He's human being like anybody else, but I'm saying if he's living out his faith, his whole concentration, traditional Jewish woman, that's the whole concentration, keeping the commandments, keeping the law, honoring the Lord, doing this, doing the most minute things. Here, when I spent Yom Kippur, Day of Atonement, with Lubavitch Hasidim, ultra-orthodox Jews in Brooklyn, New York, in 1975. At that time, this falls around October, I suffered from hay fever. Used to get it then in the fall, then it shifted to the spring, it's pretty well gone.

But anyway, back then I had it in the fall. So, I'm at the house, so even though it wasn't a Saturday, it's considered a holy Sabbath, Yom Kippur, it's a day when you don't do any physical labor. So, I'm grabbing some tissues to put in my pocket to walk across the street to the synagogue, and the gentleman with whom I'm staying says, oh, you can't carry, it's a Sabbath, you can't carry. You're telling me, tissues are pretty light, tissues are very light, I can't carry. Now, I didn't get facetious with them, it's like, I can't? They said, no, but don't worry, they're pre-ripped tissues in the bathroom in the synagogue.

Pre-ripped? Yeah, because it's considered work to tear. This is the detail with which a traditional Jew seeks to live his life pleasing God, every last little detail. So, he would joyfully be part of offering blood sacrifices, but without a temple, you can't do it.

Without a functioning Sanhedrin, you don't have a death penalty. So, in the absence of these things, other traditions have been developed. Now, I would challenge many of those traditions, have a whole volume, Volume 5, of answering Jewish objections to Jesus, where I respectfully challenge the authority of those traditions.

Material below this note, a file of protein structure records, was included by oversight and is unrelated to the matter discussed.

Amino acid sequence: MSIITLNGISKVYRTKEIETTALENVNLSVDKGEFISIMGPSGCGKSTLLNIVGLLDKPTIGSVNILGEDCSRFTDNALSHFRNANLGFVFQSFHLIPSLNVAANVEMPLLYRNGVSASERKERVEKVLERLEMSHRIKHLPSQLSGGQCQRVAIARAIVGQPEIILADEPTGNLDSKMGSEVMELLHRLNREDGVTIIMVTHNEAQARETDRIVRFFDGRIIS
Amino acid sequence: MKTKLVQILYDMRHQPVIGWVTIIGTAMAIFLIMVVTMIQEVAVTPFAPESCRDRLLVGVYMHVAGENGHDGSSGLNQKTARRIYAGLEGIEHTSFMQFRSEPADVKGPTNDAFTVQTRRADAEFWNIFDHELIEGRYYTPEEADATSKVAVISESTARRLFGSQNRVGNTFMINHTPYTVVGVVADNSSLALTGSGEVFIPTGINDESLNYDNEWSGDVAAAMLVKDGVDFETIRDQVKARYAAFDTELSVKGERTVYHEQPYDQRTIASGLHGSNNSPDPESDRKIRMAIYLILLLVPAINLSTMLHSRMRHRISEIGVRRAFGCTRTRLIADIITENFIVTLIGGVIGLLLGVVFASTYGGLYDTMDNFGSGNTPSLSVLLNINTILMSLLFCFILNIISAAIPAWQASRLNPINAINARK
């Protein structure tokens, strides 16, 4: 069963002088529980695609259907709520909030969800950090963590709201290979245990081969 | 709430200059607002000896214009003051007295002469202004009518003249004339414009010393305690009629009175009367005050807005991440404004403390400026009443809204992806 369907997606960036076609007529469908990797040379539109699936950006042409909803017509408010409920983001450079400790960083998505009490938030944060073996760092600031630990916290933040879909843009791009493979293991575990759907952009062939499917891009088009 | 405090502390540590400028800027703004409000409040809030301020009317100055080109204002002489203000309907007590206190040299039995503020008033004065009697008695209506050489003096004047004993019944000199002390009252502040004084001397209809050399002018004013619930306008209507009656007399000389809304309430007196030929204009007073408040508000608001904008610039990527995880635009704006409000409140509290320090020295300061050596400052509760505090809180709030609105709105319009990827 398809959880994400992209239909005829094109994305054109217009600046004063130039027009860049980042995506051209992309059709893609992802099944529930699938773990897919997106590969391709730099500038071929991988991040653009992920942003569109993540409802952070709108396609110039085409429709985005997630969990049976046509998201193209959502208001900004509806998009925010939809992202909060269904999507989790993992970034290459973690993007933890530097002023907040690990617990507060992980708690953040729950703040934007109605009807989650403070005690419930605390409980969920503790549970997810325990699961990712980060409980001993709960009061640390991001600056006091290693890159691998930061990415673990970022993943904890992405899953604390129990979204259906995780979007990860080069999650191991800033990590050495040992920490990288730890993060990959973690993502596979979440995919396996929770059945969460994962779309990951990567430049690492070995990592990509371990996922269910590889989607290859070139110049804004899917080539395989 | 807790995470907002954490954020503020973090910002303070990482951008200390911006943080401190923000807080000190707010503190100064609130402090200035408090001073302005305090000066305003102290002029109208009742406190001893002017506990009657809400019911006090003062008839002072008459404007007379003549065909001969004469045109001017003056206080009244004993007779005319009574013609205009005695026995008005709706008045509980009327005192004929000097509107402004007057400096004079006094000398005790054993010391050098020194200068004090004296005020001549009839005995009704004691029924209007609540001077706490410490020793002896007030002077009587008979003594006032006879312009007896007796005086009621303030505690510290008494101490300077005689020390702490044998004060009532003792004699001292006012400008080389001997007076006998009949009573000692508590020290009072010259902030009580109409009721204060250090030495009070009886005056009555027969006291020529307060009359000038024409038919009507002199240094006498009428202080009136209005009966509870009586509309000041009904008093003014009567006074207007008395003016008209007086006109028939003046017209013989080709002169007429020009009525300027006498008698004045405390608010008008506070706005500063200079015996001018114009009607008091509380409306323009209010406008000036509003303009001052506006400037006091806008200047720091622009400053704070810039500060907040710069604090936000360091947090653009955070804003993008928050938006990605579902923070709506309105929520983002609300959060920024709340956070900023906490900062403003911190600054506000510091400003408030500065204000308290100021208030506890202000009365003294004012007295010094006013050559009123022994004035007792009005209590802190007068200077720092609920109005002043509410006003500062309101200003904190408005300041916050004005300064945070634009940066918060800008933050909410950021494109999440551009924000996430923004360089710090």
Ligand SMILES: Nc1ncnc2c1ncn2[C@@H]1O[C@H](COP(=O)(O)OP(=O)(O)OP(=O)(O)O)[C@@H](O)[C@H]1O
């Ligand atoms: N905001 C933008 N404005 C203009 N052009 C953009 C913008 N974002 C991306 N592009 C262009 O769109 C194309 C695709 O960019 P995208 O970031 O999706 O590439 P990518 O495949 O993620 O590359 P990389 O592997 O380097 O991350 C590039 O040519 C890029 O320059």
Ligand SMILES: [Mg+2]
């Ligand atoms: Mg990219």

Many of them are beautiful, others are neutral, others I differ with. It's the authority of those traditions that I challenge more than anything. But Jewish tradition has developed certain things, just like someone could say to us, well, why don't you stone adulterers? That's Old Testament law. Well, New Testament tells us if it's in the in the body, in the church, and they commit adultery, refuse to repent, we excommunicate them. So, we've had our traditions based on the teaching of Jesus and by the Spirit, what's been given to us, and Judaism has its traditions. Julius, concerning church history, what has been the Christian attitude or disposition towards Jews? Often it's been anything but Christian. Read my book, the new edition, Our Hands Are Stained with Blood, the tragic story of the church and the Jewish people.